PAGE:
Enoxaparin and/or Minocycline in Acute Stroke

This study has been terminated.
(Too few acute stroke patients available to meet enrollment requirements.)
Sponsor:
Collaborator:
James N. Kirby Foundation
Information provided by:
New York University School of Medicine
ClinicalTrials.gov Identifier:
NCT00836355
First received: February 3, 2009
Last updated: April 12, 2011
Last verified: April 2011
  Purpose

The purpose of this study is to investigate whether enoxaparin, minocycline, or both medications in combination may help in recovery from acute stroke.

Enoxaparin (brand name Lovenox®) is a medication approved for use in humans to prevent and to treat blood clots in deep veins in certain specific medical situations. Minocycline (brand name Minocin®) is a tetracycline antibiotic approved to treat a number of bacterial infections in humans. The investigators are studying these medications in acute human stroke because they have each been separately shown to reduce the amount of injured brain tissue in rats made to have acute ischemic stroke experimentally. In a human trial comparing minocycline with placebo (a sugar pill) acute ischemic stroke patients who took minocycline had better recovery after 1 week, 1 month and 3 months than patients who took placebo.


Condition Intervention
Acute Ischemic Stroke
Drug: Enoxaparin
Drug: Minocycline

Study Type: Interventional
Study Design: Allocation: Randomized
Endpoint Classification: Efficacy Study
Intervention Model: Parallel Assignment
Masking: Single Blind (Outcomes Assessor)
Primary Purpose: Treatment
Official Title: Pilot Study of Treatment With Intravenous Enoxaparin and/or Oral Minocycline to Limit Infarct Size After Ischemic Stroke

Resource links provided by NLM:


Further study details as provided by New York University School of Medicine:

Primary Outcome Measures:
  • Indices of salvaged ischemic penumbra and of final infarct volume based on quantitative volumetric analyses of pre- and post-treatment perfusion-weighted and diffusion-weighted brain MR imaging [ Time Frame: Within approximately 7 days of stroke onset ] [ Designated as safety issue: Yes ]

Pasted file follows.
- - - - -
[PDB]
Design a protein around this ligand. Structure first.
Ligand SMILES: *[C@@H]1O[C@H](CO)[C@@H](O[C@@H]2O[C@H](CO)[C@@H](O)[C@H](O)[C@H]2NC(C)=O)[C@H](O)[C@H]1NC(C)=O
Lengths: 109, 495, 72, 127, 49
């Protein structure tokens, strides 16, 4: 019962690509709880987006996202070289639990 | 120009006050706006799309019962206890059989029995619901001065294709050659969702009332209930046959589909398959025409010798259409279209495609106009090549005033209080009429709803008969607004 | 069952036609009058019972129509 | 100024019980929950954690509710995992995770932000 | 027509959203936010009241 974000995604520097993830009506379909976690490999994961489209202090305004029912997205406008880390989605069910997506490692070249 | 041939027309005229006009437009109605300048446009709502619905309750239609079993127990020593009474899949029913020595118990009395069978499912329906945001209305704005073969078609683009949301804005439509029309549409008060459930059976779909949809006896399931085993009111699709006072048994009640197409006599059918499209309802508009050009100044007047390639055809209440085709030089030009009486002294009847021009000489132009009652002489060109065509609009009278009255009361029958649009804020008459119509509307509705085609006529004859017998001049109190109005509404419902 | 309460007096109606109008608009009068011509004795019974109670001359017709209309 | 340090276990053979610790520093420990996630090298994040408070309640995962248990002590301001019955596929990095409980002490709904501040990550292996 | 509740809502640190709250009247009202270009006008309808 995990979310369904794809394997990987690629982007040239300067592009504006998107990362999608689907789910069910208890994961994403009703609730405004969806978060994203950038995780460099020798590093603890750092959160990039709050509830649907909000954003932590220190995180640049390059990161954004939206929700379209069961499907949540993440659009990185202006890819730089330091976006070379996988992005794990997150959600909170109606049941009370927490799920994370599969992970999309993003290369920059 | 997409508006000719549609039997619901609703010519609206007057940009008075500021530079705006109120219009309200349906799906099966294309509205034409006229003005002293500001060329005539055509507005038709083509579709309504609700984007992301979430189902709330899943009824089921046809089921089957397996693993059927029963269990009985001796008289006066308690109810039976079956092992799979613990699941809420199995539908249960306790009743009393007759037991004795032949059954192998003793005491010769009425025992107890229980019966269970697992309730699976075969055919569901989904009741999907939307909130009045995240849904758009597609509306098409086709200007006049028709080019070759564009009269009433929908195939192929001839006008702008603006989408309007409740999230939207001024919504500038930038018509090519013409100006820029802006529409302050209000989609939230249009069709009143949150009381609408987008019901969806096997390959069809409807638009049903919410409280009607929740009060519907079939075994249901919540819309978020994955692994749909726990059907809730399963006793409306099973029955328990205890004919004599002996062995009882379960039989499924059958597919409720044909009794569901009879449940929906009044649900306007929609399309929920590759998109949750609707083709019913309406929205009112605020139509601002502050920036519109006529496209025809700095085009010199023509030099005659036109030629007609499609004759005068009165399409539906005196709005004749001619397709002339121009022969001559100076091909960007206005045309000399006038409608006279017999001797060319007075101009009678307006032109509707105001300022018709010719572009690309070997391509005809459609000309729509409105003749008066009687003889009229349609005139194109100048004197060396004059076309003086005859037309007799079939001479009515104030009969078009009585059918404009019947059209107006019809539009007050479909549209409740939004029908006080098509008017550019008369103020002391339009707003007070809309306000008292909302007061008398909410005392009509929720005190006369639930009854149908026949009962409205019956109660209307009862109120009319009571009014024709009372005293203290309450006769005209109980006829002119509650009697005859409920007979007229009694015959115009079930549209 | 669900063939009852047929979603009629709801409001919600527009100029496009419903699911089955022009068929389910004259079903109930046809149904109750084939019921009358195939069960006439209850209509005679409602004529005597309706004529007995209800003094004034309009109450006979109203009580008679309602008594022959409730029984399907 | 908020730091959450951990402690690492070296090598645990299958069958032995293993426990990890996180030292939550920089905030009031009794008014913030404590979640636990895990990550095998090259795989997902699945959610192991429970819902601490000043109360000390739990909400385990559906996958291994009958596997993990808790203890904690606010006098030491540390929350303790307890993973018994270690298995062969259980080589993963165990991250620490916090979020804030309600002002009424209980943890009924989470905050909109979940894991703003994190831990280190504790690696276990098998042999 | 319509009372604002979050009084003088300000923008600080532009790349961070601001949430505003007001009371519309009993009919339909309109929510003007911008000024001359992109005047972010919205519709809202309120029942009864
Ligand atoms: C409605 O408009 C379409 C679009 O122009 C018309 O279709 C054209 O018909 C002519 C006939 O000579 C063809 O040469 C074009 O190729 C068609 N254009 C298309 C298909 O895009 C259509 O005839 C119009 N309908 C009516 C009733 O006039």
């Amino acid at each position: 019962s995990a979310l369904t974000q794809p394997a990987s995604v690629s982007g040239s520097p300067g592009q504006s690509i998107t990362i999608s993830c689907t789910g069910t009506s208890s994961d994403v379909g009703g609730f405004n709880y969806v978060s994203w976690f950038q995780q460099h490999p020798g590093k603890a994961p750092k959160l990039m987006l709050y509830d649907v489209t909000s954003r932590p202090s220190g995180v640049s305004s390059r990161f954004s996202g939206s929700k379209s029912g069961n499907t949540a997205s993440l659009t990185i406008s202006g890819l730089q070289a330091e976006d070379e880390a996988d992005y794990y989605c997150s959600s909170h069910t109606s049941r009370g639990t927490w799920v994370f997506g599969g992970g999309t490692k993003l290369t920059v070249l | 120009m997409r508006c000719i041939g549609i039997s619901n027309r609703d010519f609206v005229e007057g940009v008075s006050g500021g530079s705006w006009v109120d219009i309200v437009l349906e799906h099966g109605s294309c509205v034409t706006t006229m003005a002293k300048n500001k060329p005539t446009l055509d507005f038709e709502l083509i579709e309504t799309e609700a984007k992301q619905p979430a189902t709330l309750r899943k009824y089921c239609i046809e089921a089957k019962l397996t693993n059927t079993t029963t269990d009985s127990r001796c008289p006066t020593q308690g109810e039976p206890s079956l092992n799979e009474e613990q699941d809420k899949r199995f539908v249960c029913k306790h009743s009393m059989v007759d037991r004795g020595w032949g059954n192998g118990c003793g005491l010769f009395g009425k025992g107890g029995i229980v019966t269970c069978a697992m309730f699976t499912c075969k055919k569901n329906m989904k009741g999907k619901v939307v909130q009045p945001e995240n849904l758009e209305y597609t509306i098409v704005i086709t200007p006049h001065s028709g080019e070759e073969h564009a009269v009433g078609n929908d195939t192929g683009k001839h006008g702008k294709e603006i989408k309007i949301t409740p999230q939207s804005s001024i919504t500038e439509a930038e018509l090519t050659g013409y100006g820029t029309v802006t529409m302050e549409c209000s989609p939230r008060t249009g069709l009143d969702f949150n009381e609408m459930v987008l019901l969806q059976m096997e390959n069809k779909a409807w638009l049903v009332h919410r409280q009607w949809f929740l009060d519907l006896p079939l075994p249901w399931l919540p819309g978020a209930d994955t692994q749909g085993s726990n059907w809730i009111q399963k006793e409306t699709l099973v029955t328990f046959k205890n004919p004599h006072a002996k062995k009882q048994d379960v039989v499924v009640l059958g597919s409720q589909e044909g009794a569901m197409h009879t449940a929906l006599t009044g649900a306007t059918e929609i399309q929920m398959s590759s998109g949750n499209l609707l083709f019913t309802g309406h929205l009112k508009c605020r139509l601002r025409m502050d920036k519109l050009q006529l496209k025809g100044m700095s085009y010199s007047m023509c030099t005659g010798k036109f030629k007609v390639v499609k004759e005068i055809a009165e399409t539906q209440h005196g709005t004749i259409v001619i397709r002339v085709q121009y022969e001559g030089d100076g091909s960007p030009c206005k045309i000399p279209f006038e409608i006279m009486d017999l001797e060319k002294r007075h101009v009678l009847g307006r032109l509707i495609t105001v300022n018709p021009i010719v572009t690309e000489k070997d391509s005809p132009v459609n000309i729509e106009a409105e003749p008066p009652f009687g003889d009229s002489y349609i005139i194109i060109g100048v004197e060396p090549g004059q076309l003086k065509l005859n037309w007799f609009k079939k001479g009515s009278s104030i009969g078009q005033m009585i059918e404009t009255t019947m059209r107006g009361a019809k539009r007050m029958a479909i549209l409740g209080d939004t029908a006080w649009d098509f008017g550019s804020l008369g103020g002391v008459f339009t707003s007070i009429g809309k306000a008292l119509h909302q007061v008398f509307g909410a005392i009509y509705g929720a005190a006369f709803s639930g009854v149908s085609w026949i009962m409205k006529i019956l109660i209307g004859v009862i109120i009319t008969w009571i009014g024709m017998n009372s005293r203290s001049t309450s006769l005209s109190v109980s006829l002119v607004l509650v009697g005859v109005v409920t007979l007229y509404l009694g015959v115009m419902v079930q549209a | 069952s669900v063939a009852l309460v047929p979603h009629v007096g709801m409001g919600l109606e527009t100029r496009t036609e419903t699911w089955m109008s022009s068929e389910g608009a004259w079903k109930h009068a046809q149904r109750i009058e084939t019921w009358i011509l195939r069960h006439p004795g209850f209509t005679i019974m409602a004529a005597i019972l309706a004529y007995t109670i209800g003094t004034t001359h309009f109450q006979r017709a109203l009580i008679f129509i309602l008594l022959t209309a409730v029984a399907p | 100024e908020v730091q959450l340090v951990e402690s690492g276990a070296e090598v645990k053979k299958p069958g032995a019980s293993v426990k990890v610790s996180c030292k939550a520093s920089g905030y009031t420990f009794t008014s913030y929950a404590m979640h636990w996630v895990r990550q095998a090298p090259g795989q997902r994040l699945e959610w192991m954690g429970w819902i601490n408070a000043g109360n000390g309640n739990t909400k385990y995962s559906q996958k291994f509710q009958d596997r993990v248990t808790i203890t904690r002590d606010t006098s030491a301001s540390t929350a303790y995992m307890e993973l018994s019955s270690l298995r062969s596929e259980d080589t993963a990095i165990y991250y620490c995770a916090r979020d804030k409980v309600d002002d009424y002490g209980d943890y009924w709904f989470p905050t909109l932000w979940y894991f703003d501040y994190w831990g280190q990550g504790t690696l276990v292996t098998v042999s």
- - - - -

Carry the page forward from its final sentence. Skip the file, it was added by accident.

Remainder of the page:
Secondary Outcome Measures:
  • NIH Stroke Scale scores [ Time Frame: Baseline and after approximately one week ] [ Designated as safety issue: No ]
  • Modified Rankin Scale score [ Time Frame: Baseline, and approximately one week and 3 months later ] [ Designated as safety issue: No ]

Enrollment: 6
Study Start Date: April 2009
Study Completion Date: January 2010
Primary Completion Date: December 2009 (Final data collection date for primary outcome measure)
Arms Assigned Interventions
Experimental: Enoxaparin Drug: Enoxaparin
2 (or 3) intravenous doses, the first on study entry, the last 24 hours later
Other Name: Lovenox®
Experimental: Minocycline
Minocycline 200 mg orally once daily for 5 days
Drug: Minocycline
200 mg orally once daily for 5 days
Other Name: Minocin®
Experimental: Enoxaparin and minocycline Drug: Enoxaparin
2 (or 3) intravenous doses, the first on study entry, the last 24 hours later
Other Name: Lovenox®
Drug: Minocycline
200 mg orally once daily for 5 days
Other Name: Minocin®
No Intervention: Control

Detailed Description:

Enoxaparin is a low molecular weight heparin (average molecular weight 4,500 daltons, vs. 12,000 to 15,000 daltons for unfractionated heparin) administered subcutaneously and intravenously. It is a marketed drug FDA-approved in various clinical situations for: the prevention and treatment of deep vein thrombosis; and in the treatment of acute myocardial infarction. Minocycline is an orally administered antibiotic of the tetracycline class. It is a marketed drug FDA-approved for the treatment of various bacterial and rickettsial infections. Both medications have been found to be neuroprotective in experimental stroke models. Minocycline has shown promise in a human acute stroke study.

This study is designed to investigate two logistically simple treatment regimens, singly or in combination, employing these medications for acute ischemic stroke:

  1. pulsed intravenous (iv) administration of enoxaparin initiated within 6 hours and completed by 24 hours after stroke onset; and
  2. oral minocycline treatment once daily for five days.

The goal of treatment is neuroprotection: the limitation of the loss of brain tissue that follows ischemic stroke.

  Eligibility

Ages Eligible for Study:   18 Years to 95 Years
Genders Eligible for Study:   Both
Accepts Healthy Volunteers:   No
Criteria

There are two Study Sections: A and B

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Study Section A Inclusion Criteria: